Nicki Minaj admits to feeling misunderstood by many of the rappers she’s influenced, the Queens MC reveals in a new Q&A.
“I don’t think the new female rappers really understand who I am,” Minaj, 39, shared with Jada Pinkett Smith for Interview as she discussed her hesitancy to lean into overtly sexual material at the request of young rappers looking for a feature.
“A lot of the girls that came before me, they really were those sexual beings, and I was so inspired by them. But I’m not like that, I’m more the goofy girl,” she explained, adding that she approached her smash single “Super Freaky Girl” from a “funny and goofy” perspective, not one of explicit sexuality.
“And so I still felt true to myself on ‘Super Freaky Girl.’ As opposed to, a lot of people were sending me songs, Jada, a lot of female rappers, especially, and I didn’t want to be mean, but every other word was ‘pu**y’ and ‘f**king’ and da da da, and I wasn’t there. I don’t think I can ever fully be there.”
Minaj added that men within the industry have also approached her for features she simply wasn’t comfortable executing.
“Even some of the new male rappers—I turned down a Gunna song because it was just moaning and groaning on the track, but Drake ended up doing it and it worked great for them. And free Gunna by the way, I have to make sure I say that,” she added. “But it’s just like, I told her I’m not there. I said, ‘Look, sweetheart, I’ve put this song on 50 times to try to write to it. I can’t. I’m just not in that moment right now.’ Not saying that I’m not a freak with my husband, you understand? I’m not saying that at all, okay? But I don’t choose to express the sexual side right now in that overt way.”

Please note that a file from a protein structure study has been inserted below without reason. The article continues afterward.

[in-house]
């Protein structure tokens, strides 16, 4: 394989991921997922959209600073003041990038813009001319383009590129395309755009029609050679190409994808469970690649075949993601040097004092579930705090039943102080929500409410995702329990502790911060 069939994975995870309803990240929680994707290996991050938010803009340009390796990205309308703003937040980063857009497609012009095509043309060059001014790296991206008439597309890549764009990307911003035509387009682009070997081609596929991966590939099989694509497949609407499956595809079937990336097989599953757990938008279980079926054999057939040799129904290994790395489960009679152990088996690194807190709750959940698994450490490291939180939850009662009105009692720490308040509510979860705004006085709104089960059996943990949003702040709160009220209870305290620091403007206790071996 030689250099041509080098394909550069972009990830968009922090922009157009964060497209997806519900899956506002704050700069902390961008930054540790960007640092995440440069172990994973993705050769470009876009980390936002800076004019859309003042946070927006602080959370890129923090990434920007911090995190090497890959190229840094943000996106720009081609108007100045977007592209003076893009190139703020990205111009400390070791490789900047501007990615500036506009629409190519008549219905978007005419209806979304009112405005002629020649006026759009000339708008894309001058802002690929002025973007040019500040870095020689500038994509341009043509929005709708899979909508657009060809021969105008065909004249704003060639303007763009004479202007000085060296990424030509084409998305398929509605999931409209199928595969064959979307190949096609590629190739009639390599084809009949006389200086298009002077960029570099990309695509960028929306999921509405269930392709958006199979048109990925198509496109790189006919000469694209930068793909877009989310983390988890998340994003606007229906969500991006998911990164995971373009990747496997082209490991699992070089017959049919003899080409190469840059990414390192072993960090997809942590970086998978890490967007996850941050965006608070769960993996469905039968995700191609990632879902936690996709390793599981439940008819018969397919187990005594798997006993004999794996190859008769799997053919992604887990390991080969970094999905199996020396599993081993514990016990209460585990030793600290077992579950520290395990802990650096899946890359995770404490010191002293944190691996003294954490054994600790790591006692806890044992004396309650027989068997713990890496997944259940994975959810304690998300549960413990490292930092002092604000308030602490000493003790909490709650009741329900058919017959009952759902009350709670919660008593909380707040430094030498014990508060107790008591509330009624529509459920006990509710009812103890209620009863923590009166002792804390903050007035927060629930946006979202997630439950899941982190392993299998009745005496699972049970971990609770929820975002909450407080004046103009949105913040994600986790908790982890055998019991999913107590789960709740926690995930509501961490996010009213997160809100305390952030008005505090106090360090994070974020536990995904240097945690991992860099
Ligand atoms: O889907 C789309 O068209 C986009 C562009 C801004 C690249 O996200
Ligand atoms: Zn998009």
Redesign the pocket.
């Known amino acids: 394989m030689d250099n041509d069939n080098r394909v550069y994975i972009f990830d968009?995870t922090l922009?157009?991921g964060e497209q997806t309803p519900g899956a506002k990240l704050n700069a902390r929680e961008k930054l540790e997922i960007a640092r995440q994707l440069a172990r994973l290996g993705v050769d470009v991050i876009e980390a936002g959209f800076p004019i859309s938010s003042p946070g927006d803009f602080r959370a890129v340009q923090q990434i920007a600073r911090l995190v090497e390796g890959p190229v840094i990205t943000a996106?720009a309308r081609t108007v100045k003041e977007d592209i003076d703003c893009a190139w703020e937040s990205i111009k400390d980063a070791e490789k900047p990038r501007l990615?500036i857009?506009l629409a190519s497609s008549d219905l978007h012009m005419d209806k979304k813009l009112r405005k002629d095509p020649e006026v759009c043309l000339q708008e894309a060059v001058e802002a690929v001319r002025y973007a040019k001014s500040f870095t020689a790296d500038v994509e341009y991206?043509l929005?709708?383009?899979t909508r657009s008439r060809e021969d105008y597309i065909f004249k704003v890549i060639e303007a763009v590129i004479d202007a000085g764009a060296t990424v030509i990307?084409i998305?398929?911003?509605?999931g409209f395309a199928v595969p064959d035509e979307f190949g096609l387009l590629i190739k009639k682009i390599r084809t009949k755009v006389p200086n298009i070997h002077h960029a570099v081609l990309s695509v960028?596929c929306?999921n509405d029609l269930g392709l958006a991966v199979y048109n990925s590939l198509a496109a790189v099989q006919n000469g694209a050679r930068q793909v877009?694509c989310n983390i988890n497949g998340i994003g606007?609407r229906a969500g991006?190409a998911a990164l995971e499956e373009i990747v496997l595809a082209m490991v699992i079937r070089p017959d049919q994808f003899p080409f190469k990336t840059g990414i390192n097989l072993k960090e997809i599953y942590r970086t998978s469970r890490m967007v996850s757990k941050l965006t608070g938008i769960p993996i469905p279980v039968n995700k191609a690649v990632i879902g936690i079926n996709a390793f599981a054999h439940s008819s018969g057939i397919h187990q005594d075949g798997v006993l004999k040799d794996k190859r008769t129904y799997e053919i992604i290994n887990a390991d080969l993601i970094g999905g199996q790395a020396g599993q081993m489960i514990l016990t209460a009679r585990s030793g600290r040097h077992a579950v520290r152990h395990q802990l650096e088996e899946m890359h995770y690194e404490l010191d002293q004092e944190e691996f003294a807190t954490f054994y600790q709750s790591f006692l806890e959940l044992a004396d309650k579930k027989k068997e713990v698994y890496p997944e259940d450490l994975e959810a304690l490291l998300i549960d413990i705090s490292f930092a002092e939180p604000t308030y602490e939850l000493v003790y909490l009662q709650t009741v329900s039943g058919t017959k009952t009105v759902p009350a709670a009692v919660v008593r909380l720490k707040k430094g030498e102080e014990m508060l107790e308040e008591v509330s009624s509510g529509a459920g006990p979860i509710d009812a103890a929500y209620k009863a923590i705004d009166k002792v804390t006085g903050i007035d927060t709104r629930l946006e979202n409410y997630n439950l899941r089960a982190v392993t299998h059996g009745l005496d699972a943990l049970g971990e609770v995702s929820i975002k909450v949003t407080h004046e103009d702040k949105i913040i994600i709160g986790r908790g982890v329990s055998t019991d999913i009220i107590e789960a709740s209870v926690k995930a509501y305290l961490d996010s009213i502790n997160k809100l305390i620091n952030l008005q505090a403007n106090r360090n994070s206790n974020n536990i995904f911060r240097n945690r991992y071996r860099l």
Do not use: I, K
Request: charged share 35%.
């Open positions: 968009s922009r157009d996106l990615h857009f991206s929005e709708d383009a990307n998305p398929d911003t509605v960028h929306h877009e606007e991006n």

The wife and mother also vented about young artists immulating their faves a bit too closely, believing that it diminishes their own artistry.
“What I’m seeing now is that so many new artists are trying to become the person they looked up to instead of giving us a new flavor! And it’s irking the crap out of me,” she admitted. “I know I could see so much talent in some of the new artists, females, males, whatever. But they lose me when I’m seeing the person who they are trying to be like or sound like more than I’m seeing who they are.”
The hitmaker went on to name prominent artists of years-past who valued individuality, with Jada agreeing that stars from 2Pac to Left-Eye “had to” be themselves to flourish.
“I don’t know what’s happening, but I want to urge all the new artists to just believe in yourself,” Minaj went on, “trust that you are that superstar that you loved coming up, and get that something special! Please! For god’s sake! [Laughs].”
The interview drops days after Nicki and southern spitter Latto engaged in a heated back-and-forth via Twitter following her public complaints of the Recording Academy moving “Super Freaky Girl” from the rap to pop category for potential Grammy nods, while Latto’s “Fantasy”-sampled track “Big Energy” wasn’t.